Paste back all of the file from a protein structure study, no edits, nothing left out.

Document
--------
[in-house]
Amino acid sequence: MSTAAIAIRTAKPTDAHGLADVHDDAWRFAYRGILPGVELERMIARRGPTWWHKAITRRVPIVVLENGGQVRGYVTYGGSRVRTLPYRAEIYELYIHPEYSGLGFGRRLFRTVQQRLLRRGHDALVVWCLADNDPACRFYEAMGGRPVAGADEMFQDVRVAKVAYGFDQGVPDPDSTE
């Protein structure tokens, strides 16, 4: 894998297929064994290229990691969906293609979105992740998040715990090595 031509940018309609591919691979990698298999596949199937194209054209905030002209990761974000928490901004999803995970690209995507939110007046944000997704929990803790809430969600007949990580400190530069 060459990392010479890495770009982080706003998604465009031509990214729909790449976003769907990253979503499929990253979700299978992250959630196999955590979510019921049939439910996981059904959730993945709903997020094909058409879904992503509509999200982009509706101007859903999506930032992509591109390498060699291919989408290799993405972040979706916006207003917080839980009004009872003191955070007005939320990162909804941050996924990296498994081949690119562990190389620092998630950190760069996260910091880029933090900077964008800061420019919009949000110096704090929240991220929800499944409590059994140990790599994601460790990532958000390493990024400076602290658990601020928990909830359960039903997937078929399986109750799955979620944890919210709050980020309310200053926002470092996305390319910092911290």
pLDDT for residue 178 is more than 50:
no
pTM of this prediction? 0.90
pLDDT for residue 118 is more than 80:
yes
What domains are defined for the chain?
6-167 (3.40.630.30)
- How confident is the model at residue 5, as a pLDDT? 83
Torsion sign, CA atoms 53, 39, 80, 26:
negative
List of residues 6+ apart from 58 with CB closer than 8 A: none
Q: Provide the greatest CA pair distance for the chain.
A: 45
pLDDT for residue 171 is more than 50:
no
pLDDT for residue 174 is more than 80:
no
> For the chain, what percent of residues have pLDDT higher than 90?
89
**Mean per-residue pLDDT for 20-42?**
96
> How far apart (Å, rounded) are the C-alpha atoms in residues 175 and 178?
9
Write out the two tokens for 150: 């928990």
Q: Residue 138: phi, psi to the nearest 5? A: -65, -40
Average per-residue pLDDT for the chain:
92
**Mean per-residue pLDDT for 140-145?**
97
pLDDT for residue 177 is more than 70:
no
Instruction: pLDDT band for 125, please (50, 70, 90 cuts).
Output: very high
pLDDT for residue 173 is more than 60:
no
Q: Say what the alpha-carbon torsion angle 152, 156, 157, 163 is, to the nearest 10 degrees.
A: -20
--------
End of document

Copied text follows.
[in-house]
Amino acid sequence: MSTAAIAIRTAKPTDAHGLADVHDDAWRFAYRGILPGVELERMIARRGPTWWHKAITRRVPIVVLENGGQVRGYVTYGGSRVRTLPYRAEIYELYIHPEYSGLGFGRRLFRTVQQRLLRRGHDALVVWCLADNDPACRFYEAMGGRPVAGADEMFQDVRVAKVAYGFDQGVPDPDSTE
């Protein structure tokens, strides 16, 4: 894998297929064994290229990691969906293609979105992740998040715990090595 031509940018309609591919691979990698298999596949199937194209054209905030002209990761974000928490901004999803995970690209995507939110007046944000997704929990803790809430969600007949990580400190530069 060459990392010479890495770009982080706003998604465009031509990214729909790449976003769907990253979503499929990253979700299978992250959630196999955590979510019921049939439910996981059904959730993945709903997020094909058409879904992503509509999200982009509706101007859903999506930032992509591109390498060699291919989408290799993405972040979706916006207003917080839980009004009872003191955070007005939320990162909804941050996924990296498994081949690119562990190389620092998630950190760069996260910091880029933090900077964008800061420019919009949000110096704090929240991220929800499944409590059994140990790599994601460790990532958000390493990024400076602290658990601020928990909830359960039903997937078929399986109750799955979620944890919210709050980020309310200053926002470092996305390319910092911290």
pLDDT for residue 178 is more than 50:
no
pTM of this prediction? 0.90
pLDDT for residue 118 is more than 80:
yes
What domains are defined for the chain?
6-167 (3.40.630.30)
- How confident is the model at residue 5, as a pLDDT? 83
Torsion sign, CA atoms 53, 39, 80, 26:
negative
List of residues 6+ apart from 58 with CB closer than 8 A: none
Q: Provide the greatest CA pair distance for the chain.
A: 45
pLDDT for residue 171 is more than 50:
no
pLDDT for residue 174 is more than 80:
no
> For the chain, what percent of residues have pLDDT higher than 90?
89
**Mean per-residue pLDDT for 20-42?**
96
> How far apart (Å, rounded) are the C-alpha atoms in residues 175 and 178?
9
Write out the two tokens for 150: 């928990």
Q: Residue 138: phi, psi to the nearest 5? A: -65, -40
Average per-residue pLDDT for the chain:
92
**Mean per-residue pLDDT for 140-145?**
97
pLDDT for residue 177 is more than 70:
no
Instruction: pLDDT band for 125, please (50, 70, 90 cuts).
Output: very high
pLDDT for residue 173 is more than 60:
no
Q: Say what the alpha-carbon torsion angle 152, 156, 157, 163 is, to the nearest 10 degrees.
A: -20